“Shadowy shapes moved in the corn, rickety-still shapes bopped and contorted like herky-jerky shadows. Missing people from missing places moving through missing seconds. Ghosts trapped in the good Carolina soil, rising towards Heaven in the corn and always, always falling short.”
-“Corn-Wolf”, by Joshua Reynolds
I’ve made my overall opinion of Necrotic Tissue known in the past (just look at the review of issue #8), so I won’t go into that here. Further, at issue 11 and edging up on their third year in existence, they’ve established themselves as a dependable publication with a quality track record. The only question that matters at this point is: how do the stories in this specific issue stack up?
One of the first things that struck me about this issue was the variety of approaches. While all of the stories do indeed possess some horrific elements, they came from some unexpected places. Do ya like SciFi? How about post-apocalyptic fiction? Something that could be vaguely referred to as electropunk? It’s there, alongside the psychos, man eating beasties and gloppy monstrosities that are par for the course in horror.
Some stories of note were: “Mr. Klein’s Cancer” by T.L Barrett, is a mean spirited (in all the right ways) tale of malignant hatred grown physical and communicable in the body of one bitter man. Eric Hermanson’s “Adaptation” pleasantly reminded me of Scott Smith; there aren’t enough killer plant stories in the world for me. Finally, Stephanie Kincaid (“Today’s Special”) and R.K. Gemienhardt (“One Man’s Pain”) show how good those micro-flash bites can be, while “Little Green Men” (Donald Jacob Uitvlugt) served up a heaping plate of Martian paranoia a la Phillip K. Dick.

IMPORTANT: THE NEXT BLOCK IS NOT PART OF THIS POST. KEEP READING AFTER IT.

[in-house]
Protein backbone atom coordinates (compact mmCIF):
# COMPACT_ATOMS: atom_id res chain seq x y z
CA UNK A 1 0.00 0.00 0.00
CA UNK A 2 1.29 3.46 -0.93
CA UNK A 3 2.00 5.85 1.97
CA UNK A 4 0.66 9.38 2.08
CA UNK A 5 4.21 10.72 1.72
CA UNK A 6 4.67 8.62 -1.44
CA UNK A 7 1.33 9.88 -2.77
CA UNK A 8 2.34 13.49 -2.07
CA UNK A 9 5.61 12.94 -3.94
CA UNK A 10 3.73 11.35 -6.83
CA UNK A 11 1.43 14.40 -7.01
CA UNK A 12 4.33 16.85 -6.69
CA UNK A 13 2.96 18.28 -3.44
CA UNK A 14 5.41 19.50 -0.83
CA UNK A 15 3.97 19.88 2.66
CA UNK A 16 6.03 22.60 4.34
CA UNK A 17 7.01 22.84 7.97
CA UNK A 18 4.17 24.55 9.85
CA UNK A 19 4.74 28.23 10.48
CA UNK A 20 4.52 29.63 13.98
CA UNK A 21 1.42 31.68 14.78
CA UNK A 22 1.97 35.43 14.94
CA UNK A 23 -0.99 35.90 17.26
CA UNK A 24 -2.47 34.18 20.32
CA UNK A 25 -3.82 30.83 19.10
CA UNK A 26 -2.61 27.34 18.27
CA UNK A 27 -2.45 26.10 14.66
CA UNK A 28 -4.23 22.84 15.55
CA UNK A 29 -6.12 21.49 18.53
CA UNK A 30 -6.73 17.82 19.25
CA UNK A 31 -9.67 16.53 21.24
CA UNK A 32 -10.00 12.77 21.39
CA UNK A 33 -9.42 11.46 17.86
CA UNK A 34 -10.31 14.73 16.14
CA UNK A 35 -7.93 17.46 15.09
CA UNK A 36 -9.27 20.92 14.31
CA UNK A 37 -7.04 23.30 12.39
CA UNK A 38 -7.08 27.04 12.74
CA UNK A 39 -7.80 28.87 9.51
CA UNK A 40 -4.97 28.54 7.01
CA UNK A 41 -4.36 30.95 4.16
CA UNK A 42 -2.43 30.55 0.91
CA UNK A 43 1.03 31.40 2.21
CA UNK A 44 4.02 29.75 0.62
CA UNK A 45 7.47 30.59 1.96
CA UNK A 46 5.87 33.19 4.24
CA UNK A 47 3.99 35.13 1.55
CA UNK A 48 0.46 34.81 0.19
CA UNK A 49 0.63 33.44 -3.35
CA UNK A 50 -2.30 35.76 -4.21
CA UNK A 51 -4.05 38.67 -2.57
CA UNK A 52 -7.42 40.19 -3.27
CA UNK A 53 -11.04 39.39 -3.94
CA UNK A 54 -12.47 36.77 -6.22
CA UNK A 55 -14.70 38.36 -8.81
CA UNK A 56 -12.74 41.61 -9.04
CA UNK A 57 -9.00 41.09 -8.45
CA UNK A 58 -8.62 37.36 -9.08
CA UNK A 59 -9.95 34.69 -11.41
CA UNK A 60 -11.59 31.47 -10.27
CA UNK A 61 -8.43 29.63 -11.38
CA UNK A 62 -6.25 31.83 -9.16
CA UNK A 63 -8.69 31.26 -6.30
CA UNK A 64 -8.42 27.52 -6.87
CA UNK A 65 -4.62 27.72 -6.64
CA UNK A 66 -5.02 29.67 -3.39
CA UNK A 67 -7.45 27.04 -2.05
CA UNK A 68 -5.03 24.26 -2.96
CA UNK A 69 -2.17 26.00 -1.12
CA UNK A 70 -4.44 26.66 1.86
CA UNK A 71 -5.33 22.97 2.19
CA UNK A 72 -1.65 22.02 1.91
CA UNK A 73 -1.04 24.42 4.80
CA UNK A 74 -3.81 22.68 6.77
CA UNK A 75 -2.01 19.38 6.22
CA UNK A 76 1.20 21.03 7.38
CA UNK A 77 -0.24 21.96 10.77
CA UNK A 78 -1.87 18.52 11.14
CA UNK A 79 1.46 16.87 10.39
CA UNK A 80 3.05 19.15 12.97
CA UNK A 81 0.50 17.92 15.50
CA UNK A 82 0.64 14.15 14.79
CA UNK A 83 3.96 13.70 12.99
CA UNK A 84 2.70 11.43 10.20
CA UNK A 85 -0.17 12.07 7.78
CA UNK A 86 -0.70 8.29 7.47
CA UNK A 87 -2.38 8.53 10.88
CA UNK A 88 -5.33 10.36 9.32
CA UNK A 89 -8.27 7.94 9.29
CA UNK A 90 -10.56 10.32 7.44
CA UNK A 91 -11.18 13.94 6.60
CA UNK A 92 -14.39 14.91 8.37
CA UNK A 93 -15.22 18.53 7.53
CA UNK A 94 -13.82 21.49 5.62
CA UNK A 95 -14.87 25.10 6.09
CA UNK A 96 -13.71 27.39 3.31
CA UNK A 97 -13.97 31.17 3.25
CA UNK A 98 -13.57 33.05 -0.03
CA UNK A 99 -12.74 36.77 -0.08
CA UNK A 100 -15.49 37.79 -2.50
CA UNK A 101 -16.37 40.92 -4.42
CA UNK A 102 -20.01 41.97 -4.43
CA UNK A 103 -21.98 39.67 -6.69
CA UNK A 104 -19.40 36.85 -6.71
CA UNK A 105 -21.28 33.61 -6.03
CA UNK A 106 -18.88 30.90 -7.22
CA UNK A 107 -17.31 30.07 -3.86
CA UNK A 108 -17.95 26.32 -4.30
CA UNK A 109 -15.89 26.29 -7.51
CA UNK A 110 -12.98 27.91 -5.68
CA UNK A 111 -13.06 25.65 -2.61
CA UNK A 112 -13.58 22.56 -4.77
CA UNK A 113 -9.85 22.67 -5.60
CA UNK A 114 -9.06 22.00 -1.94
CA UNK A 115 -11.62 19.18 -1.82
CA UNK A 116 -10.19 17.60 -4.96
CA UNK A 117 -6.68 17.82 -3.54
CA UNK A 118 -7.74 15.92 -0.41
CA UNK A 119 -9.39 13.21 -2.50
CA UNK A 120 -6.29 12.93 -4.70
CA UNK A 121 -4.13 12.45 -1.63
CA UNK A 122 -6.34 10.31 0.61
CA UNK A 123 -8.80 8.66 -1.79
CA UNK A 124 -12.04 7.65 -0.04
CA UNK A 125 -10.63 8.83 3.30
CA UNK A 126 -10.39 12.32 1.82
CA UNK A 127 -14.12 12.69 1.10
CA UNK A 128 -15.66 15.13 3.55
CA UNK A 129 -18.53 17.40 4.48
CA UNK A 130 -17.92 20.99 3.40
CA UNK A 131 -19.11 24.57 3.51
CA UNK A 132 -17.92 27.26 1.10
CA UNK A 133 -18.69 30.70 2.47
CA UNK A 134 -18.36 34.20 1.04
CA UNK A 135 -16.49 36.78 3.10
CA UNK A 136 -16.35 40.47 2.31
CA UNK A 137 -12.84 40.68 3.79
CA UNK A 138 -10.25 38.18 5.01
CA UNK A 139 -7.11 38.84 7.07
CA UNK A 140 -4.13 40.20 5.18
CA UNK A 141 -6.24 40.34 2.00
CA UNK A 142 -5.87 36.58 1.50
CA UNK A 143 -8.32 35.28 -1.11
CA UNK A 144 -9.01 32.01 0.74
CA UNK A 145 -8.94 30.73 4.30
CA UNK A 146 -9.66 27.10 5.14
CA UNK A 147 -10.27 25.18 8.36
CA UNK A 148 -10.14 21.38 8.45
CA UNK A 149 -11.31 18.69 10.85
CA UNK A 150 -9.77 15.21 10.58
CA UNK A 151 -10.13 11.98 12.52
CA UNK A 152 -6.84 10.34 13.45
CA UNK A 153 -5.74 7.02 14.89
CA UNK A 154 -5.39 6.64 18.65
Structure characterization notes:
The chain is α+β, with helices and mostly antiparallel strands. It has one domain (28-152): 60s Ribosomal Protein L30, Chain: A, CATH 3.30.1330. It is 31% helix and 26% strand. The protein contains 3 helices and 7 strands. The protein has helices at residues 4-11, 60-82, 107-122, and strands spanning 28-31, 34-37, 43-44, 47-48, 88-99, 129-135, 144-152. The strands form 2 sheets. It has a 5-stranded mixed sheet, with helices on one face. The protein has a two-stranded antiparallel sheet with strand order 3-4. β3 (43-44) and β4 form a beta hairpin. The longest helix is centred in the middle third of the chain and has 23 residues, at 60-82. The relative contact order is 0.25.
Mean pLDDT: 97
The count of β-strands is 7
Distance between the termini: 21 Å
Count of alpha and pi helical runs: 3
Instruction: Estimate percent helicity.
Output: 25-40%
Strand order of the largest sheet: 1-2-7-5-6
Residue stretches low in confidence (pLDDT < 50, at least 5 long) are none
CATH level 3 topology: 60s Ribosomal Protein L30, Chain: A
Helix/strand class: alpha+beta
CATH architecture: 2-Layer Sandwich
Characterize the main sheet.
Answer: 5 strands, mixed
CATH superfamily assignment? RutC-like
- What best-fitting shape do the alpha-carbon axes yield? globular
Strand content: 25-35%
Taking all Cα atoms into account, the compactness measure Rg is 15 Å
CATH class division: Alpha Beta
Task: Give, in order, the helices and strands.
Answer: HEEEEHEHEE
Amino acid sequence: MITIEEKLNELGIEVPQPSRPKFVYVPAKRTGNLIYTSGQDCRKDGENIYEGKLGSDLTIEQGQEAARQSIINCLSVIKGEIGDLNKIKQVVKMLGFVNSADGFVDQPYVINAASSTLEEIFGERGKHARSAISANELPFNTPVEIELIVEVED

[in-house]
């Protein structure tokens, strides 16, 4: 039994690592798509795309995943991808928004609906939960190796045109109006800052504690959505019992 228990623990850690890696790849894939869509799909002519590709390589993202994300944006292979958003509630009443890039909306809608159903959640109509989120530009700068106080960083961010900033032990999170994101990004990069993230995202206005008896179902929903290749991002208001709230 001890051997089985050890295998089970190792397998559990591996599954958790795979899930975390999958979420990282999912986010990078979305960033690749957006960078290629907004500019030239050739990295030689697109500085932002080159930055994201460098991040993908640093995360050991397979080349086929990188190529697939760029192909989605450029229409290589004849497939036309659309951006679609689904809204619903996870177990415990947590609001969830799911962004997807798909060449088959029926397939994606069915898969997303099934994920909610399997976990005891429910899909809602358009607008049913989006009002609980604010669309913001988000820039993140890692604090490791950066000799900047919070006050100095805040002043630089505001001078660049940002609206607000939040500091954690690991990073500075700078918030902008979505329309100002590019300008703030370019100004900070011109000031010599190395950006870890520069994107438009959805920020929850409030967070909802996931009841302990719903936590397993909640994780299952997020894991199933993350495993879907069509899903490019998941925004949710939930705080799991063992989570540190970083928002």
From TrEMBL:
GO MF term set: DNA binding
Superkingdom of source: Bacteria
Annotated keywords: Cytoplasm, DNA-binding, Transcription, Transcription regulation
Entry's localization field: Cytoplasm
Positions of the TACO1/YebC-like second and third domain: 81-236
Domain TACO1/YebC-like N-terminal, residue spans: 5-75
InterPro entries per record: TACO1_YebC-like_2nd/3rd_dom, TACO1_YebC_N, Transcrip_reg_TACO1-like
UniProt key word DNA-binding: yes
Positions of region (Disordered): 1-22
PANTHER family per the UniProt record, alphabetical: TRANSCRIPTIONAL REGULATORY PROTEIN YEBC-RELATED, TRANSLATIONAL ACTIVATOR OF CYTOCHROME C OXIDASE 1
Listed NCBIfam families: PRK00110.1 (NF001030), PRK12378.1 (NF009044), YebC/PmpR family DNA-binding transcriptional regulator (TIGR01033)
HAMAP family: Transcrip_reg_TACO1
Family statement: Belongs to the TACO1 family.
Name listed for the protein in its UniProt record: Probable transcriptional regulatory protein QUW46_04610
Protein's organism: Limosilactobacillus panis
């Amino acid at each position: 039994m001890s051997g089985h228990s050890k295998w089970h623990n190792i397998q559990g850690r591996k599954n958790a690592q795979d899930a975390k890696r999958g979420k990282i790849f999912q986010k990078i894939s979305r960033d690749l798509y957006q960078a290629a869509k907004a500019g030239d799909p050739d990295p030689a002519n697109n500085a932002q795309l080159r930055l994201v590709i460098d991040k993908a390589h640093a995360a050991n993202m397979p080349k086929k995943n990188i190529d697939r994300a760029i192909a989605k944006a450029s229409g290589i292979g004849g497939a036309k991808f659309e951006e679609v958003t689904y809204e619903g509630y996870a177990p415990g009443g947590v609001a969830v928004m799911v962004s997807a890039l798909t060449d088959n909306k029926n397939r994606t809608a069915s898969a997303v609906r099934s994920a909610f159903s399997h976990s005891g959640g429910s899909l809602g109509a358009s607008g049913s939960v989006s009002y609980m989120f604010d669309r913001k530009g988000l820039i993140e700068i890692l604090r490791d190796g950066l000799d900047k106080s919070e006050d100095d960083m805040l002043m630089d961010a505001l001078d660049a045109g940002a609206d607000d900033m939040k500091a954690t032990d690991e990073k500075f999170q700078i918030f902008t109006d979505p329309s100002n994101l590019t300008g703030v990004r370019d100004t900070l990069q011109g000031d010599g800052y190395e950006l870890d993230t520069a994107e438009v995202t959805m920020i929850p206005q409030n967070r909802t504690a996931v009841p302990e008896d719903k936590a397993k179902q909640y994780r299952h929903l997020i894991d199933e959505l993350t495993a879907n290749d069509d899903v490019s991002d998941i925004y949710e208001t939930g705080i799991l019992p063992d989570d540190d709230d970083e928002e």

My personal favorite this go round is “Corn-Wolf” by Joshua Reynolds (you may have noticed the lyric quote at the beginning of the review). It’s a period piece, set in the civil war during Sherman’s notorious march to the sea, a simple story of the sacrifices made to feed the machine of war. The imagery is powerful, the prose evocative and the dialogue effortless, all while patiently building tension to the point of singing nerves. All of the technical aspects are there in spades, but what really makes this story sing is the passion put into it. Obviously, Joshua was feeling this story and that comes through in the reading. He also has one of the most amusing bios I’ve read in awhile. I earnestly hope to see more from him in the future.
One of the hallmarks of NT has been the advice given to writers (it doesn’t take a genius to notice that writers and those aspiring to the trade tend to buy more literary magazines than the general public) and the “Help Me to Help You to Help Me” section lives up to that standard. Guest Editor, John P. Wilson, provides advice on putting together a quality query letter. Since those are the first thing someone is likely to see of the absolutely genius novel you are trying to sell, they can be a tad important. His advice on the matter is direct and concise without being condescending.
So, does this issue meet muster? Of course it does. Sure, some of the pieces could have been better than they turned out (there were a few dud ending present), too much of the best work was crammed into the back (some readers who go straight from beginning to end may be lost before finding the truly quality work) and I don’t completely agree with the editor’s pick (“Chums” is good, but there were a couple others that whooped its ass). But, I was introduced some new people I want to keep an eye on and got some more from author’s I’ve liked in the past. That’s what I buy these magazines for. Just beware that the price has almost doubled from what they were running last year.